I’m delighted to be on the Cradle to Grave tour today hosting Rachel Amphlett in my hot seat.
Cradle to Grave is 8th story in the Kay Hunter Detective Series and can be read as a stand-alone.
When a faceless body is found floating in the river on a summer’s morning, Detective Kay Hunter and her team are tasked with finding out the man’s identity – and where he came from.
The investigation takes a sinister turn when an abandoned boat is found, covered in blood stains and containing a child’s belongings.
Under mounting pressure from a distraught family and an unforgiving media, the police are in a race against time – but they have no leads, and no motive for the events that have taken place.
Cradle to Grave by Rachel Amphlett is available to purchase in digital and paperback formats.
Hi Rachel, welcome to Jera’s Jamboree.
Please summarise Cradle to Grave in 20 words or less.
When an abandoned boat is found covered in blood stains, a race against time begins to trace a killer and a missing child.
What was the idea/inspiration for your novel Rachel?
I’m not sure where the inspiration came from – I try not to analyse these things too much! – but the idea just popped into my head one day: what if a dead man was seen floating along the River Medway one fine summer’s day and when the police investigate they find out his face has been shot away? Of course, once that idea manifested, I had to find out who he was and why he was dead – after that, it was just a case of following my team of detectives to discover what happened!
Did you do any research for your book? What resources did you use?
I work closely with retired and serving police officers on a regular basis who help me with the police procedural side of my research but every story is different, so I often find myself having to source other contacts to ensure I’ve got my facts right. For Cradle to Grave, the opening scenes take place along the River Medway in the suburbs of Maidstone. I had to source information from the Environmental Agency very early on in the writing of the book to make sure that what I wanted to write about would work in real life. They got a bit of a shock when they found out why I wanted to know!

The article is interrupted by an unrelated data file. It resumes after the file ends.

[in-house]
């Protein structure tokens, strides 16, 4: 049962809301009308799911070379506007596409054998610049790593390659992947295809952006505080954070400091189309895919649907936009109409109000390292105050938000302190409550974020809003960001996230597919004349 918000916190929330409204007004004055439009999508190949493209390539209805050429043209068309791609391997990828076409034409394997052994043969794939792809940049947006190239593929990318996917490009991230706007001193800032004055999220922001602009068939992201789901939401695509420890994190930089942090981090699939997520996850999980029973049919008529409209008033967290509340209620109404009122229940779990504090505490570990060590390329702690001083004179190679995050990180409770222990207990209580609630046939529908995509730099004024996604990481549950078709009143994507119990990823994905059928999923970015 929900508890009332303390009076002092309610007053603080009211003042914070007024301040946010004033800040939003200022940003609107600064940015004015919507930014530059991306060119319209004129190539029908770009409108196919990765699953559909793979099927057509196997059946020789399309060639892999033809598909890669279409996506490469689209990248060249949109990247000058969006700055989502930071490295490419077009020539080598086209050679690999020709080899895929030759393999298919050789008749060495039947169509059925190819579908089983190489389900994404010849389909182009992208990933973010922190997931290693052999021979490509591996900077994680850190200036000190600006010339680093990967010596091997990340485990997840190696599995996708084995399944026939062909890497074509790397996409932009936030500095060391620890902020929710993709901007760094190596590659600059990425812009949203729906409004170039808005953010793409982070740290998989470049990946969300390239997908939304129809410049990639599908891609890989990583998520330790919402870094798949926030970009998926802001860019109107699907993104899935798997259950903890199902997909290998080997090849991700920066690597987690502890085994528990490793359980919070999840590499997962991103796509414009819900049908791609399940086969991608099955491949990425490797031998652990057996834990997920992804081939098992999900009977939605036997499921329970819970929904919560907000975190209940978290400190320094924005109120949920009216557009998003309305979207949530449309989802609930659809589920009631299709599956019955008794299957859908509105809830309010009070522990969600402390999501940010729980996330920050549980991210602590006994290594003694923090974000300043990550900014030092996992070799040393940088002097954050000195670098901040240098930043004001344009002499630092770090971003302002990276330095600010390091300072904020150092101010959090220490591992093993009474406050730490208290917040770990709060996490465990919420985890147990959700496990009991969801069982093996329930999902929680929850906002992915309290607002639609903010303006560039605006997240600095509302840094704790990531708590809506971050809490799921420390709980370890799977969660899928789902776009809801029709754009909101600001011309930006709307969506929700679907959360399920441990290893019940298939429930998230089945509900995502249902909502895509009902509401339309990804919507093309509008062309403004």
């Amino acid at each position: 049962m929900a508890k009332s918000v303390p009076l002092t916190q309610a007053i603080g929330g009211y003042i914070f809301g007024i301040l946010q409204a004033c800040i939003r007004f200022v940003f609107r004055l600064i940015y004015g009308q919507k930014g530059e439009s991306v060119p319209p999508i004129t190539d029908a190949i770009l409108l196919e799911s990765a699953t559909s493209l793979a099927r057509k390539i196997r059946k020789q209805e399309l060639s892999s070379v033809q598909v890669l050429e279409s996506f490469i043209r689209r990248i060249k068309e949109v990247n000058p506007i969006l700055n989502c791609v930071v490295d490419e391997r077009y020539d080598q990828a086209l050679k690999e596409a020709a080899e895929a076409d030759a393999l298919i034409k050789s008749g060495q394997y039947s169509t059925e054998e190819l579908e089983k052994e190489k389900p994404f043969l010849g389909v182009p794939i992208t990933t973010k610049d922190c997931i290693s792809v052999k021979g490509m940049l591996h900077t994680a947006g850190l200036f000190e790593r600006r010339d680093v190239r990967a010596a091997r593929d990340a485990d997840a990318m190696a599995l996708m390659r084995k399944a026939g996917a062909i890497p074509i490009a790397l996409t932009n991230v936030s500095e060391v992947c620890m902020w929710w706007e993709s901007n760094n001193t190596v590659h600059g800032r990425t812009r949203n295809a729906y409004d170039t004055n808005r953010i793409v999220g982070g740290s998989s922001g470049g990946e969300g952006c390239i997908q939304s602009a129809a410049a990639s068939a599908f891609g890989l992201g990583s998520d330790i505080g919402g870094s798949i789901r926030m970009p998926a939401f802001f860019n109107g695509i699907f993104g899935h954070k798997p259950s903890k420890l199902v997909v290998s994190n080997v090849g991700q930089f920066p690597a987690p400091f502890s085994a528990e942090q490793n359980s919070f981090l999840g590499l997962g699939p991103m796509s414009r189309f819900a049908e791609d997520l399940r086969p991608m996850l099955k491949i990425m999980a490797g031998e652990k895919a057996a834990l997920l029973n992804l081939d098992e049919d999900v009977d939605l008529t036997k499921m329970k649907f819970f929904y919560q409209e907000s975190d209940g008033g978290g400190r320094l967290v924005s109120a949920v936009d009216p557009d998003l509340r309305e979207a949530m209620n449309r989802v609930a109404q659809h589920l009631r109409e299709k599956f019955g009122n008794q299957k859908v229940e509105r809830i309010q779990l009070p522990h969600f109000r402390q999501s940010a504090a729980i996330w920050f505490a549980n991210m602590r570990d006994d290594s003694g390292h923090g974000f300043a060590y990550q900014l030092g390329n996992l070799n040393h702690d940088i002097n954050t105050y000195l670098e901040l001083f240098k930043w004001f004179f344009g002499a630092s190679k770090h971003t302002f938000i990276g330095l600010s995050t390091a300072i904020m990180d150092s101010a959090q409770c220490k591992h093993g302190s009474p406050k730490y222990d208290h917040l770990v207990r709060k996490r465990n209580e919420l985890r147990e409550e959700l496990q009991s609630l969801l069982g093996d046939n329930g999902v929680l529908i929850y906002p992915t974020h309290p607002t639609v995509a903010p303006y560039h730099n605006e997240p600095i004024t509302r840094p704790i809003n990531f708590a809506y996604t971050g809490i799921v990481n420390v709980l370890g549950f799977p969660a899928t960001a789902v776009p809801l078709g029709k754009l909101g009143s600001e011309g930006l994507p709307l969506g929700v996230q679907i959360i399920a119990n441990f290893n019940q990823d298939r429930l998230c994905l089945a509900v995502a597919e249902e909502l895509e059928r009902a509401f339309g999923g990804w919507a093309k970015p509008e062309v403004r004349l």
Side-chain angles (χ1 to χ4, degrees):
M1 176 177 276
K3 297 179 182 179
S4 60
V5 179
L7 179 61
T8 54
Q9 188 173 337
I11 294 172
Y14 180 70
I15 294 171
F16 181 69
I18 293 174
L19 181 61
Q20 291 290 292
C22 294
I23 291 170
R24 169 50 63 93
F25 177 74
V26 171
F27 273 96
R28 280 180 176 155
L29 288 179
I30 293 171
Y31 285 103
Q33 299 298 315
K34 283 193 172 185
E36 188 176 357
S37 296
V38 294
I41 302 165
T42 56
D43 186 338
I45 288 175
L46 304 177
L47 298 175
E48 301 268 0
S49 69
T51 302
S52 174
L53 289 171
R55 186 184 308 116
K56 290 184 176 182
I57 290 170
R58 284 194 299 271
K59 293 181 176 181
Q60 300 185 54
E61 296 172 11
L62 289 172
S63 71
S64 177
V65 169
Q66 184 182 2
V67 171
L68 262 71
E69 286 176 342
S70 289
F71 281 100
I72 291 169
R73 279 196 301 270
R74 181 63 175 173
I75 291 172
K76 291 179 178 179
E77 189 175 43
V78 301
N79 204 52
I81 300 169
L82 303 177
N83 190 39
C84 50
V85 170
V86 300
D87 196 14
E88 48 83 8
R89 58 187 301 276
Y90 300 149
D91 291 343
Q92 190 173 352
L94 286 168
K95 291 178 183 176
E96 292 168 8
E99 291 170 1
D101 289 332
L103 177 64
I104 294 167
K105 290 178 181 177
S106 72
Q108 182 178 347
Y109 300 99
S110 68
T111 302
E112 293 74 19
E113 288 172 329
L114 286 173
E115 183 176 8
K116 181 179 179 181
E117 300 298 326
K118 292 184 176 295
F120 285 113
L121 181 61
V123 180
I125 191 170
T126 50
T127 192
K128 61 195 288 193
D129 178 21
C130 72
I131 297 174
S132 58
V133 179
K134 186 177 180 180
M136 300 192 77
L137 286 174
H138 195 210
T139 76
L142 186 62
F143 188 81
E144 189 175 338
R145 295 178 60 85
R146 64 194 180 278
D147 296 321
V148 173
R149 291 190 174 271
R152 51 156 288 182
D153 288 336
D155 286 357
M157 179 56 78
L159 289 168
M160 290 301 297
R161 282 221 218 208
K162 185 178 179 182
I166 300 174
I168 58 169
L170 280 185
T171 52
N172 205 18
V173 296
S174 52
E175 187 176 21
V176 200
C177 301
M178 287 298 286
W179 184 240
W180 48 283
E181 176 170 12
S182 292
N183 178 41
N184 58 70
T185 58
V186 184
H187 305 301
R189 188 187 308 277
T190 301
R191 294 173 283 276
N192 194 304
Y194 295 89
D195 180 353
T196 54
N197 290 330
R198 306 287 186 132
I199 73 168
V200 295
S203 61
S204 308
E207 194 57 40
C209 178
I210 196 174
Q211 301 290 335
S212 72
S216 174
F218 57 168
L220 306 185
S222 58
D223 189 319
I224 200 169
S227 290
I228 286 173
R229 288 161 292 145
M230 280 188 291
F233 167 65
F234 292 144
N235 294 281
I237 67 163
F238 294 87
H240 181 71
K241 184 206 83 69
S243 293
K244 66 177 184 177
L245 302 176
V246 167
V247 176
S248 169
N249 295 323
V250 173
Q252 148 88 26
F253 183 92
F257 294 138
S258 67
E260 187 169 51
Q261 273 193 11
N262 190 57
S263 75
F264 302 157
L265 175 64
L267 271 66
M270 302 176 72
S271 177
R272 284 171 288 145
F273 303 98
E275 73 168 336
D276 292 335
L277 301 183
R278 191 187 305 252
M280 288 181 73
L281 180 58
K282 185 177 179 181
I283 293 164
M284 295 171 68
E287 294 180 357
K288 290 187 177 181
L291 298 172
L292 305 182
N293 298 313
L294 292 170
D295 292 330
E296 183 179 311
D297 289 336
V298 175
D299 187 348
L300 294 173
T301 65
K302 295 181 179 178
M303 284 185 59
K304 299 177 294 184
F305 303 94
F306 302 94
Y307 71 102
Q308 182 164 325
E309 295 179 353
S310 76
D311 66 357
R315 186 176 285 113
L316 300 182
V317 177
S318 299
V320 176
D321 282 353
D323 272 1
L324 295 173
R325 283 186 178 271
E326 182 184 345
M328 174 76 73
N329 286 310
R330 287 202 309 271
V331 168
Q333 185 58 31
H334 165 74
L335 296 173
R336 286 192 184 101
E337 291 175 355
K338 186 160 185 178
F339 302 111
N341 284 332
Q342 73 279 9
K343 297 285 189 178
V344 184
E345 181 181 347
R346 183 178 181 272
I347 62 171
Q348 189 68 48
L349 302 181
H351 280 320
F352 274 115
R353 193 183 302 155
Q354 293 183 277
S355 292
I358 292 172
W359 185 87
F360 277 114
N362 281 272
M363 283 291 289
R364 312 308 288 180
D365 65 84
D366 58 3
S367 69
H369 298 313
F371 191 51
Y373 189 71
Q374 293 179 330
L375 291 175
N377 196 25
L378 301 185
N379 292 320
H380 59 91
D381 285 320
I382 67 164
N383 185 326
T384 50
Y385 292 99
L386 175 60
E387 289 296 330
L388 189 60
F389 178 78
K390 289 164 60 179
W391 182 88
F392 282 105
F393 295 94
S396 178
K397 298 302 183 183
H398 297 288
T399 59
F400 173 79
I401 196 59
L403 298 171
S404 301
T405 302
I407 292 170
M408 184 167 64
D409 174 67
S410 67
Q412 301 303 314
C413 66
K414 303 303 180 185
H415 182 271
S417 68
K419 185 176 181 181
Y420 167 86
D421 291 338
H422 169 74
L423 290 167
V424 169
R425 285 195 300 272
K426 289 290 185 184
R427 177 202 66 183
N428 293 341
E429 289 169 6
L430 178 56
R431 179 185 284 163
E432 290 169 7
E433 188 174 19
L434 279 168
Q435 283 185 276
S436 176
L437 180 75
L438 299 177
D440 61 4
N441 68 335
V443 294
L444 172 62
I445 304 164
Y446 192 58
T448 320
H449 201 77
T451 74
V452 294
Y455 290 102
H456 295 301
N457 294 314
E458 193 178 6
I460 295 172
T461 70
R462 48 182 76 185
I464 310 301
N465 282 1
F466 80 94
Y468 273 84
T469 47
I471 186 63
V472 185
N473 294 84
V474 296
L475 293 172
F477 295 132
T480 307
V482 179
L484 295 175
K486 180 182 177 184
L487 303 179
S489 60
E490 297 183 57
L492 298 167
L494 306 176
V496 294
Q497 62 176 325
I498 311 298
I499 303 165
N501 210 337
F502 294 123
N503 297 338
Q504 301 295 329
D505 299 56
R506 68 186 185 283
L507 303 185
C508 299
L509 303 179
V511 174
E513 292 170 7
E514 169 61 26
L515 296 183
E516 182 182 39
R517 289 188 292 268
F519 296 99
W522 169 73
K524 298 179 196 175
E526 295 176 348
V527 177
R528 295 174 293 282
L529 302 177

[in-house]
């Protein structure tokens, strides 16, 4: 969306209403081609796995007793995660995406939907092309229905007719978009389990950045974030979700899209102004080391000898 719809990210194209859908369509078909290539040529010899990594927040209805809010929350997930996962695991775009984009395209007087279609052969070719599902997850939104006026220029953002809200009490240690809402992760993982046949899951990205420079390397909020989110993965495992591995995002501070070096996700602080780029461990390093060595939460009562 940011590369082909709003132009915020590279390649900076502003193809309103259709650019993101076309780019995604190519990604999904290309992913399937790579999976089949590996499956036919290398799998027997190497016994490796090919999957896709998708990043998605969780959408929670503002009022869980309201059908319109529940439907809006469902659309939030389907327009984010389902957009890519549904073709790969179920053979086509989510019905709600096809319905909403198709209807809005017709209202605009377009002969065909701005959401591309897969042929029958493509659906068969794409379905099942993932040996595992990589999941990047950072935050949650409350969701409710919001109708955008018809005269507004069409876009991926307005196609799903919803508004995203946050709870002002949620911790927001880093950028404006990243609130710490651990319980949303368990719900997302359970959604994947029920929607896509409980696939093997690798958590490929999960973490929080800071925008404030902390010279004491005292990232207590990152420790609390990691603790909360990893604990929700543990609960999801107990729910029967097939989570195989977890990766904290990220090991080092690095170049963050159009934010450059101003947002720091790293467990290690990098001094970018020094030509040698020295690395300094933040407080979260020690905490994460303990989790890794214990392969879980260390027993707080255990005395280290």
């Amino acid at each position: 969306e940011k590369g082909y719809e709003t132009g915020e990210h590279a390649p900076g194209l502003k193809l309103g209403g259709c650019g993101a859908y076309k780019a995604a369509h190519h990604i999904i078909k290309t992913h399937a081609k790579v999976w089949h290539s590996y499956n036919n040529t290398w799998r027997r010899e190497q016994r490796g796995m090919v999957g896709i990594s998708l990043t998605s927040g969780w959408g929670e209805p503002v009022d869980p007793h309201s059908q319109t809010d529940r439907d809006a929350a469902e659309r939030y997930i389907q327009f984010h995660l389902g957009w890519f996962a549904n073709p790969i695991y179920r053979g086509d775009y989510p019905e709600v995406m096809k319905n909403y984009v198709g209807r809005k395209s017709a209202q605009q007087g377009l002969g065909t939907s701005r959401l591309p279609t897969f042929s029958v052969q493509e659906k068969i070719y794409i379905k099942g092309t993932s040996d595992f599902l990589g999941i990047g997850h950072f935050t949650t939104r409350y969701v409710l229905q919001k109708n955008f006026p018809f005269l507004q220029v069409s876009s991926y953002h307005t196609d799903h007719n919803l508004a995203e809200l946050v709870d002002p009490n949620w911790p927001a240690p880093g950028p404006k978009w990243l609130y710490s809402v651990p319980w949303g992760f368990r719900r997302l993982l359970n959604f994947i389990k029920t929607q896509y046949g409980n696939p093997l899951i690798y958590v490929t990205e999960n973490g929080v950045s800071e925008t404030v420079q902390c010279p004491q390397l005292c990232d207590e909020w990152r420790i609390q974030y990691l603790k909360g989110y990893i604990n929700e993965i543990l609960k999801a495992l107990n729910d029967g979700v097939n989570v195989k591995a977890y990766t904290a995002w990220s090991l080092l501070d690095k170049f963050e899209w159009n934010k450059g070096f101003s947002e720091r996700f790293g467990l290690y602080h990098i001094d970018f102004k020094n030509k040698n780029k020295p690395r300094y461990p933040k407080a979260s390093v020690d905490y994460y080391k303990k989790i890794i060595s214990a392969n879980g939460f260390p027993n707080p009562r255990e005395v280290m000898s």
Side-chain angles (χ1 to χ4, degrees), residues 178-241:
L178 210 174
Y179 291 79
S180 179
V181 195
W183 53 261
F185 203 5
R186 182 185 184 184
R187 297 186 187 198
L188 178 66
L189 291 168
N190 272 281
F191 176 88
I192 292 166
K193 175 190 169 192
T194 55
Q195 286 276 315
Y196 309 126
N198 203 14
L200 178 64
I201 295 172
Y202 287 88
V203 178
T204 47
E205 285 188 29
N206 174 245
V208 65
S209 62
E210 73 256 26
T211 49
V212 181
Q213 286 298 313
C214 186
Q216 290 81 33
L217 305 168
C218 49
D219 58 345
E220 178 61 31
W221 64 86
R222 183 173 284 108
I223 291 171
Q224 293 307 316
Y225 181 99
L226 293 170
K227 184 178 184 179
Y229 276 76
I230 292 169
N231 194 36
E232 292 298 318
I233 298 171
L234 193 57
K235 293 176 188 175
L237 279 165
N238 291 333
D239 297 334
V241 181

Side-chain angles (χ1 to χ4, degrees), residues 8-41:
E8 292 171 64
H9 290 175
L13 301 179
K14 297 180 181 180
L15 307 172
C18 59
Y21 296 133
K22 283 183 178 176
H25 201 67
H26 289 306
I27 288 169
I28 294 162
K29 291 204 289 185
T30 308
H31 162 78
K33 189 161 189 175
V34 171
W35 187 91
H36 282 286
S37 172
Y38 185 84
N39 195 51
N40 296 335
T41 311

Do you have a most creative time of day?
I tend to write in the mornings. It’s a hangover from the days when I used to commute by train into work until I started writing full-time – I had 35 minutes in which to type as many words as I could before I arrived in Brisbane for work. It’s become a habit – I still start writing every morning at 8am and I keep going until I’ve done 1,500 – 2,500 words or so. I’m independently published in the English language, so I spend the afternoons doing all the work an agent or publisher would, but the writing always comes first.
Panster or plotter?
A bit of both. I usually have the opening scene going around in my head for a few days, and then I sit down with a notebook and think “what if”? to get a feel for where the story might be heading. Once I’ve done that, I’ll have an idea of key “beats” within the story to keep me on track. I do like to write using a five Act structure, but I tend to leave more wiggle room for the character development these days – it’s always interesting to see where a passing comment might lead, and if I start with a structure that’s too rigid, I’ll lose out on these possibilities.
Which authors have influenced your writing?
So many! I started reading thrillers and crime fiction when I was about 11 or 12 years old when my family got me reading books by the likes of Jack Higgins, Alistair McLean, Ed McBain and Dick Francis. Since my 20s, I’ve been regularly reading books by the likes of Michael Connelly, Robert Crais, Robert Ludlum, Daniel Silva, Jeffrey Deaver, Stephen King, Lee Child, Peter Robinson, Peter James and Ken Follett. And then of course there are all the other newer crime writers who have been publishing in the past fifteen years or so!
Do you have a favourite book Rachel?
Jack Higgins’ The Eagle Has Landed. It was the first thriller my grandad introduced me to when I was about 11 years old, and I’ve been hooked on the genre since. I don’t think I’d be a writer now if it wasn’t for that pivotal moment! It’s a perfect blend of historical fiction and thriller.
Finally, can you share with us what’s next in the Detective Kay Hunter series?
I’ve finished writing book nine in the Detective Kay Hunter series, which will be out sometime in 2020 and I’ve got the bare bones of what will be book 10.
Thank you for being my guest today.
Before turning to writing, USA Today bestselling author Rachel Amphlett played guitar in bands, worked as a TV and film extra, and dabbled in radio as a presenter and freelance producer for the BBC. She now wields a pen instead of a plectrum and writes crime fiction and spy novels, including the Dan Taylor espionage novels and the Detective Kay Hunter series.
The Italian foreign rights for her debut novel, White Gold have been sold to Fanucci Editore’s TIMECrime imprint, and the first four books in the Dan Taylor espionage series are published by Germany’s Luzifer Verlag.
Her novels are available in eBook, print, large print and audiobook formats from libraries and worldwide retailers.
A keen traveller, Rachel holds both EU and Australian passports and can usually be found plotting her next trip two years in advance.
Twitter @RachelAmphlett, Facebook rachelamphlett.author Instagram rachelamplhett